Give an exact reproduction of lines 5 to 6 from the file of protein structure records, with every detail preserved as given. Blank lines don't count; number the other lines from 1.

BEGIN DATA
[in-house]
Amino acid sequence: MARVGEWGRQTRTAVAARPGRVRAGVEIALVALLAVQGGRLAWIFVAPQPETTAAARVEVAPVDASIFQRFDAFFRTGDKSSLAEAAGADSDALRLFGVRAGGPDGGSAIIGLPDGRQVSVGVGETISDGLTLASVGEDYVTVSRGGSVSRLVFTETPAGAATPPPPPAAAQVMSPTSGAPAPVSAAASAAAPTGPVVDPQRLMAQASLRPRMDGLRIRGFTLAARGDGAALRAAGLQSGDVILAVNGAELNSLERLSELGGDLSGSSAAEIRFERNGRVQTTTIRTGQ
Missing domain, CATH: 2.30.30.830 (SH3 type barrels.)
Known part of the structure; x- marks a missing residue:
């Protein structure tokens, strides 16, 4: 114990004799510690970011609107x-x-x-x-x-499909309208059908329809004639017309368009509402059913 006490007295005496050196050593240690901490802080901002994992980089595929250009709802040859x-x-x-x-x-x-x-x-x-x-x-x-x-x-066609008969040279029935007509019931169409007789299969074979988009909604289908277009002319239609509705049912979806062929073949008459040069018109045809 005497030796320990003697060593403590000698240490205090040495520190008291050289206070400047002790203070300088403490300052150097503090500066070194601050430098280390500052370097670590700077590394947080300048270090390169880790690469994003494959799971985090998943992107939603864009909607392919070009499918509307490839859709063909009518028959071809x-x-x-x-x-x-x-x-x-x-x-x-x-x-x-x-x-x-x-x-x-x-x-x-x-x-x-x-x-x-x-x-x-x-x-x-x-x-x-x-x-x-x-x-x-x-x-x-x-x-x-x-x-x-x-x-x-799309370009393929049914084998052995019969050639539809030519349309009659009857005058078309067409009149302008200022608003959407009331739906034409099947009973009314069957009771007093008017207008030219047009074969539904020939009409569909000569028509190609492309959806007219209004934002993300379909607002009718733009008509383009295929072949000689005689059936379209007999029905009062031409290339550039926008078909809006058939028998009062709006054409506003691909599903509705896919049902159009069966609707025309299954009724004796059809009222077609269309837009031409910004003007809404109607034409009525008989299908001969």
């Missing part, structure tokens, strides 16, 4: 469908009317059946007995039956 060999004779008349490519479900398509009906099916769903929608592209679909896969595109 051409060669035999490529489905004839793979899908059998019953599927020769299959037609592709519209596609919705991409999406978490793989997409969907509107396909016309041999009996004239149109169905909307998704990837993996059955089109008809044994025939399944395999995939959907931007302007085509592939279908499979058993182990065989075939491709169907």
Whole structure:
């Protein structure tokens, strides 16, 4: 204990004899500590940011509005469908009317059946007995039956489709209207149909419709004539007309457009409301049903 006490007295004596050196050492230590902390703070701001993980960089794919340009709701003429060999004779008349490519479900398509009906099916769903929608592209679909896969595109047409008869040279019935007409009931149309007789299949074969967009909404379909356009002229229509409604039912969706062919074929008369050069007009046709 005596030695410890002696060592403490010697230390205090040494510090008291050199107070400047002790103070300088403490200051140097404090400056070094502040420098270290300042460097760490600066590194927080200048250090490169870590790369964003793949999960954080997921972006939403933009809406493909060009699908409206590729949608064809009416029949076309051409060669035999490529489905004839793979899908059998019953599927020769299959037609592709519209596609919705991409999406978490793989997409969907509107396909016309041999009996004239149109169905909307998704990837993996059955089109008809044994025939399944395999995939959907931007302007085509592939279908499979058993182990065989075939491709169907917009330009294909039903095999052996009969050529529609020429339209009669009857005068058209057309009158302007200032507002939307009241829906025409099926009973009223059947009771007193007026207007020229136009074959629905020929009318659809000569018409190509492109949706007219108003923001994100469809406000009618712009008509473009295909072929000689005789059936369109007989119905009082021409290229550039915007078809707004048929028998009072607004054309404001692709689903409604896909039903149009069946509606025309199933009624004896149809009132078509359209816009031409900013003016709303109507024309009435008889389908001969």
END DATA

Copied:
């Protein structure tokens, strides 16, 4: 114990004799510690970011609107x-x-x-x-x-499909309208059908329809004639017309368009509402059913 006490007295005496050196050593240690901490802080901002994992980089595929250009709802040859x-x-x-x-x-x-x-x-x-x-x-x-x-x-066609008969040279029935007509019931169409007789299969074979988009909604289908277009002319239609509705049912979806062929073949008459040069018109045809 005497030796320990003697060593403590000698240490205090040495520190008291050289206070400047002790203070300088403490300052150097503090500066070194601050430098280390500052370097670590700077590394947080300048270090390169880790690469994003494959799971985090998943992107939603864009909607392919070009499918509307490839859709063909009518028959071809x-x-x-x-x-x-x-x-x-x-x-x-x-x-x-x-x-x-x-x-x-x-x-x-x-x-x-x-x-x-x-x-x-x-x-x-x-x-x-x-x-x-x-x-x-x-x-x-x-x-x-x-x-x-x-x-x-799309370009393929049914084998052995019969050639539809030519349309009659009857005058078309067409009149302008200022608003959407009331739906034409099947009973009314069957009771007093008017207008030219047009074969539904020939009409569909000569028509190609492309959806007219209004934002993300379909607002009718733009008509383009295929072949000689005689059936379209007999029905009062031409290339550039926008078909809006058939028998009062709006054409506003691909599903509705896919049902159009069966609707025309299954009724004796059809009222077609269309837009031409910004003007809404109607034409009525008989299908001969």
């Missing part, structure tokens, strides 16, 4: 469908009317059946007995039956 060999004779008349490519479900398509009906099916769903929608592209679909896969595109 051409060669035999490529489905004839793979899908059998019953599927020769299959037609592709519209596609919705991409999406978490793989997409969907509107396909016309041999009996004239149109169905909307998704990837993996059955089109008809044994025939399944395999995939959907931007302007085509592939279908499979058993182990065989075939491709169907």